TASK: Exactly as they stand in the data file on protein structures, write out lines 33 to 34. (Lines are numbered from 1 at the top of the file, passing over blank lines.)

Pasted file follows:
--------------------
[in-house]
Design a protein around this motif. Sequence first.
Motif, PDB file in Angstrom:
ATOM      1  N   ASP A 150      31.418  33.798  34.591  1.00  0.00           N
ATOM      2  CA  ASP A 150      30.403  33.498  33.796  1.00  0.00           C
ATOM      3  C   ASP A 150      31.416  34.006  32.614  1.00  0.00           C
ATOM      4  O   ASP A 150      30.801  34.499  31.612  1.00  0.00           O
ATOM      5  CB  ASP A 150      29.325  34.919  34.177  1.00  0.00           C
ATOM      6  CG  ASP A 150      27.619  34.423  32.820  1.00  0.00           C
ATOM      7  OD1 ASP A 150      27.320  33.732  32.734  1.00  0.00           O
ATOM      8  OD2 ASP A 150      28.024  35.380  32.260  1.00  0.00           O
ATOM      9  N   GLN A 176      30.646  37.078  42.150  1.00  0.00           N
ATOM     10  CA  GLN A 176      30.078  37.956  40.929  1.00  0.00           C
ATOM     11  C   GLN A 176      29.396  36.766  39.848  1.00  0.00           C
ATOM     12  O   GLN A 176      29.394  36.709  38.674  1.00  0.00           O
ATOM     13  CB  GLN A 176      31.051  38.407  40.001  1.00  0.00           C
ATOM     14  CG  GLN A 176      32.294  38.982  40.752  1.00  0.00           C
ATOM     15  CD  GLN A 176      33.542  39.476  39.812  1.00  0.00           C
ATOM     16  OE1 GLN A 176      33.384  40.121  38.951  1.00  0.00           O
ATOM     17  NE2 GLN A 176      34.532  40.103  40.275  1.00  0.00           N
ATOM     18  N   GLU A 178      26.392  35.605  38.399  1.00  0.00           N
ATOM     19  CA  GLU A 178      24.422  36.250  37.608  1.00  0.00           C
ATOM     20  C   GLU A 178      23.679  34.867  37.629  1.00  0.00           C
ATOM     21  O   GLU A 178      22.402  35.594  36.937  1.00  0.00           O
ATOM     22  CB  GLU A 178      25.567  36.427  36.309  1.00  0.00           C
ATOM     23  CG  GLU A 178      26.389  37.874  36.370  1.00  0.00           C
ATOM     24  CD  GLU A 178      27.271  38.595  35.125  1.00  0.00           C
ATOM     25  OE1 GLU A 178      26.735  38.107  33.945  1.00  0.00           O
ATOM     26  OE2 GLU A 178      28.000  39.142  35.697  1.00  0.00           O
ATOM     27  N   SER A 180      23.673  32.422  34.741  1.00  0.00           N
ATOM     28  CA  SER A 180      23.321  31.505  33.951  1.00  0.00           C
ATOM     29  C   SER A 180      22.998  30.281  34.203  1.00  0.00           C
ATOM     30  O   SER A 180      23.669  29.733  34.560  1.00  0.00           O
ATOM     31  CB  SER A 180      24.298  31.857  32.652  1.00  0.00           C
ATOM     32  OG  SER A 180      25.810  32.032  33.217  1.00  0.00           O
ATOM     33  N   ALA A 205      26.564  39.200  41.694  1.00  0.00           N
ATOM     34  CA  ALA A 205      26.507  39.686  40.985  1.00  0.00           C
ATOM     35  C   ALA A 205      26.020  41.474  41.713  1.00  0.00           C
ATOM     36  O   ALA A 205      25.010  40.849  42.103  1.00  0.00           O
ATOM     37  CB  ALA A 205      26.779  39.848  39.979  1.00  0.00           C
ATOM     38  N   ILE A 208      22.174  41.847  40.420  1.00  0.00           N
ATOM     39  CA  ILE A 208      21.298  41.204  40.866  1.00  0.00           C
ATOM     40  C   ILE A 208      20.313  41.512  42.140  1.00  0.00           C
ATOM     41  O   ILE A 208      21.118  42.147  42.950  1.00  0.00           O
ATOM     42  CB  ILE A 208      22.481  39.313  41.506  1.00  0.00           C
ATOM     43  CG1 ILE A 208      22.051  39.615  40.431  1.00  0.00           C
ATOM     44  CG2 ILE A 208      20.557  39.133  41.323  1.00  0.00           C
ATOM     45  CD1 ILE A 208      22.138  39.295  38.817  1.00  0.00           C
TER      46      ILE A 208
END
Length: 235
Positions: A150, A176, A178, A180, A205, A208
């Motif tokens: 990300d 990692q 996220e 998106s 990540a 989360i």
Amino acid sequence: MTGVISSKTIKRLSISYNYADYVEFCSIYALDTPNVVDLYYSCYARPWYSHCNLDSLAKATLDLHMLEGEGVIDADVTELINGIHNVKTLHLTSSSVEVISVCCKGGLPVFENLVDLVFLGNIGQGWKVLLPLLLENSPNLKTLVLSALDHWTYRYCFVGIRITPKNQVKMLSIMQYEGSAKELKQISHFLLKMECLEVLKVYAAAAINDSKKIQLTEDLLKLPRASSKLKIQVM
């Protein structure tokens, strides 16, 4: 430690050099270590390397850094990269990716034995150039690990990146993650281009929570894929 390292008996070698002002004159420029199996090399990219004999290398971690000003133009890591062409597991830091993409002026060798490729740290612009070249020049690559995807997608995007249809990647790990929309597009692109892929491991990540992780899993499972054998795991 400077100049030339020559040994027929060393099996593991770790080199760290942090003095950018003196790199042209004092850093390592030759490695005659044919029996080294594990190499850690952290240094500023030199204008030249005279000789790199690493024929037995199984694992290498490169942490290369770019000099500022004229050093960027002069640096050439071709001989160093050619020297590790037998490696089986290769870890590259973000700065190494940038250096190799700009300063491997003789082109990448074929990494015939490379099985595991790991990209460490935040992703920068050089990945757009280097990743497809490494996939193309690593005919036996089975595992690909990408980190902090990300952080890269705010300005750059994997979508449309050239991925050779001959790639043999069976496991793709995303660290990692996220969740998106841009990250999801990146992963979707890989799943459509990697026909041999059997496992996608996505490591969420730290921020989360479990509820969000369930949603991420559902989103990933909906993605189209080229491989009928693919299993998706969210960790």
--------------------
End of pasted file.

ATOM     30  O   SER A 180      23.669  29.733  34.560  1.00  0.00           O
ATOM     31  CB  SER A 180      24.298  31.857  32.652  1.00  0.00           C